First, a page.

Research hypothesis

As described above, both internal marketing and job satisfaction contribute to higher quality of services. It is interesting to explore this case by focusing in internal marketing that takes place in hospitals in Greece, in order to increase the employees' job satisfaction, which will consequently contribute to higher quality of health services in our health care system. Therefore, our hypothesis is that: Internal marketing in Greek hospitals has a positive effect on employees' job satisfaction.

Methods

Sample and data collection

The study was conducted in three hospitals of Northern Greece. Doctors, nurses and paramedics were included in the study. These professions are the main branch of a hospital's personnel which in fact produce the health care services of a hospital. Because of this, we focused on these types of personnel. The study was approved from the head manager of each of the three hospitals, because there is no ethics board in public hospitals in Greece.

All questionnaires were collected in May 2010 and they were completed anonymously. Researchers were nearby while the questionnaires were completed, in order to avoid any potential bias or influence from the researchers and also to be able to provide any assistance, if necessary. This practice helped us to have a very high response rate. We finally collected 450 questionnaires out of a total of 482 by using a convenience sample. Response rate was 93.3% (some employees were too busy to complete the questionnaire or stopped the procedure before finishing). Also problems of misunderstanding were dealt with immediately. All participants gave their informed consent prior to the study and the questionnaires were anonymous, so there were no ethical problems for the participants.

Questionnaire

In order to conduct our study we designed a questionnaire, which contained three groups of questions. Each questionnaire came with a small letter from the researchers, where the purpose and the confidentiality of the study were described. The first group of questions refers to internal marketing. Money and Foremore's questionnaire was translated and used, in order to help us measure the internal marketing of these hospitals [17]. Participants could answer the fifteen questions of the questionnaire by using a five point Likert scale, where the score of agreement or disagreement is stated [48]. Job satisfaction was investigated with the second group of questions where questions from Stamps and Piermonte's questionnaire were used [38]. Although the original instrument has two essential parts, only one part was used in the present study so as to facilitate ease of use [49]. A five point Likert scale was used for this section too. Both scales were checked for content validity through expert review and reliability with a Cronbach's alpha of 0.91 and 0.74 respectively, which means that both scales were internally reliable. The third group, comprised of ten questions, helped us to form the demographic and occupational profile of the sample. Our questionnaire can be cited in Additional file 1.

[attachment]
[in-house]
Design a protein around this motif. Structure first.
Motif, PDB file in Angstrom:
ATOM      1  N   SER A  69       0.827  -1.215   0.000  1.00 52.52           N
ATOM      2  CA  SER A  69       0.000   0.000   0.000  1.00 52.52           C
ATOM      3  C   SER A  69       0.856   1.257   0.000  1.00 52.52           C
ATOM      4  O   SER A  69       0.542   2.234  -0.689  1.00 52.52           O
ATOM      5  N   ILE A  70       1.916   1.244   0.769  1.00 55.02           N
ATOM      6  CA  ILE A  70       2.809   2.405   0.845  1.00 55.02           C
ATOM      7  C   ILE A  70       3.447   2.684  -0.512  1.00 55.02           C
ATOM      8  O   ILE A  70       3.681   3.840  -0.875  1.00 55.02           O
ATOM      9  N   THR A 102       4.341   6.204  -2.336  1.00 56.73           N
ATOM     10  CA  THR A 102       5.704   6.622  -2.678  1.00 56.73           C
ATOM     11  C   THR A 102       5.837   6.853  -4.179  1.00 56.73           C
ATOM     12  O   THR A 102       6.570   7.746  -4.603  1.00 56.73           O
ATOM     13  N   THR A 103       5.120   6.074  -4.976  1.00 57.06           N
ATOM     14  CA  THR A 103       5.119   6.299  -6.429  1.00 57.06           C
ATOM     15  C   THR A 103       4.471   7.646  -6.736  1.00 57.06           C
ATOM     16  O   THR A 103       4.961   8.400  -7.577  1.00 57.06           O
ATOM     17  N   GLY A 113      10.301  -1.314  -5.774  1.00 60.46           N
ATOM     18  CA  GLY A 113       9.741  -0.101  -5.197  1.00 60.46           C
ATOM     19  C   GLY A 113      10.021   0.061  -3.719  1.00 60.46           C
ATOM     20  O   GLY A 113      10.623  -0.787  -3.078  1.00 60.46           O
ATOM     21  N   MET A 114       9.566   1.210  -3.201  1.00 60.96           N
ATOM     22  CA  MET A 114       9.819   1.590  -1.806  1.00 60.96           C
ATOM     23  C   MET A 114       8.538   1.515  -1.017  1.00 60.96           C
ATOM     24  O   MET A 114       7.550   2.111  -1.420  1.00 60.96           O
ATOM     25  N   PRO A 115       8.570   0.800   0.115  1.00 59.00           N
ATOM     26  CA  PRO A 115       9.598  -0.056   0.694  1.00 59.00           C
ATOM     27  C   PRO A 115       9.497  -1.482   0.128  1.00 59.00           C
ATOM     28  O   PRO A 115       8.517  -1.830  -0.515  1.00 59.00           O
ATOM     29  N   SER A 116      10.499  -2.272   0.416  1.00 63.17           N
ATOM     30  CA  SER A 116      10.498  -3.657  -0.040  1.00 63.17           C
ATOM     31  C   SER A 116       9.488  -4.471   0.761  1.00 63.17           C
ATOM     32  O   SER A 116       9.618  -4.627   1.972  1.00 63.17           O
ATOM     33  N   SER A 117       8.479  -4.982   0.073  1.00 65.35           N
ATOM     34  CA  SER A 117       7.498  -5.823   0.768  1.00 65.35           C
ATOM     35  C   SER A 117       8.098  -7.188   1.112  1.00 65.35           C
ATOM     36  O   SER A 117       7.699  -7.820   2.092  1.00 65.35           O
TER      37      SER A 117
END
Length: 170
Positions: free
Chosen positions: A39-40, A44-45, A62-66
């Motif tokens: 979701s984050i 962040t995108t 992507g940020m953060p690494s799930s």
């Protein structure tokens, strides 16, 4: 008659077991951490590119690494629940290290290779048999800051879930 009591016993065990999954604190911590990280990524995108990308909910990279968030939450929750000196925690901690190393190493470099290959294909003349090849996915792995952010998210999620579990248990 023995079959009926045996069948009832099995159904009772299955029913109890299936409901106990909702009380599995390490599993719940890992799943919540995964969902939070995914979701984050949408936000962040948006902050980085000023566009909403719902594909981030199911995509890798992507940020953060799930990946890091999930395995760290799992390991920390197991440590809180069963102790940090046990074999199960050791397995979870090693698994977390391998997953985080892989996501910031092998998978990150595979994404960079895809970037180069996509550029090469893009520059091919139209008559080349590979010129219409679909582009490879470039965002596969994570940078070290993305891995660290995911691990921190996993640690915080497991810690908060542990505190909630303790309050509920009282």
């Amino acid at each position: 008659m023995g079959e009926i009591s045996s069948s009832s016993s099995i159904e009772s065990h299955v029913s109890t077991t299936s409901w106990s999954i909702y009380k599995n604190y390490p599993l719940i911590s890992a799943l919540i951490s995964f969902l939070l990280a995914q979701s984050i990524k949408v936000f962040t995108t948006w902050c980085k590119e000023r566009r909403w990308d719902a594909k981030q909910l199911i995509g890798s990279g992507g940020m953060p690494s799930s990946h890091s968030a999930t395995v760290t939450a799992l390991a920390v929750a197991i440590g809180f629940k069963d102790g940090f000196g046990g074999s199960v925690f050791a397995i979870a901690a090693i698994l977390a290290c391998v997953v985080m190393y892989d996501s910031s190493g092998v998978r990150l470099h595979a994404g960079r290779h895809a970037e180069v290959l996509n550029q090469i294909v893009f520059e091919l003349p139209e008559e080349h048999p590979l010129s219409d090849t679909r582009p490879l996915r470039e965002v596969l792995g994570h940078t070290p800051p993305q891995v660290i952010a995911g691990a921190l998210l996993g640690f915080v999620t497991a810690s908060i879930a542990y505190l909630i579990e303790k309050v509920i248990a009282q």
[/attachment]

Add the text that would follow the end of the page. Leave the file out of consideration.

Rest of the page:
Additional file 1. Appendix 1. This additional file contains a copy of the questionnaire used in our study.

Format: DOC Size: 39KB Download file

This file can be viewed with: Microsoft Word ViewerOpen Data

Research variables and analysis

The variables of the study were internal marketing and job satisfaction. Internal marketing was the independent variable and job satisfaction was the dependent variable. In order to analyze the results we had to create scores for these two variables. All questions used a 5-point scale ranging from 1 = totally disagree to 5 = totally agree. By adding the points from each question, a total score for internal marketing was created for each questionnaire. Theoretically this score could vary from 15 to 75. A similar score system was also developed for job satisfaction. The five point Likert scale, which was used to measure internal marketing, was also used to measure job satisfaction. The negative questions were reversed, so the score could reflect more accurately the personnel's job satisfaction. The higher the score was the higher the job satisfaction was. Theoretically the score for job satisfaction could vary from 14 to 70.

The data analysis was performed with SPSS version 15.0. The hypothesis was tested with Spearman ρ test (Linear Bivariate Correlation). Mann-Whitney U test was used in order to check job satisfaction with demographics [50]. Nonparametric tests were used because the job satisfaction scores were not normally distributed (Kolmogorov-Smirnov test = 0.016)

Results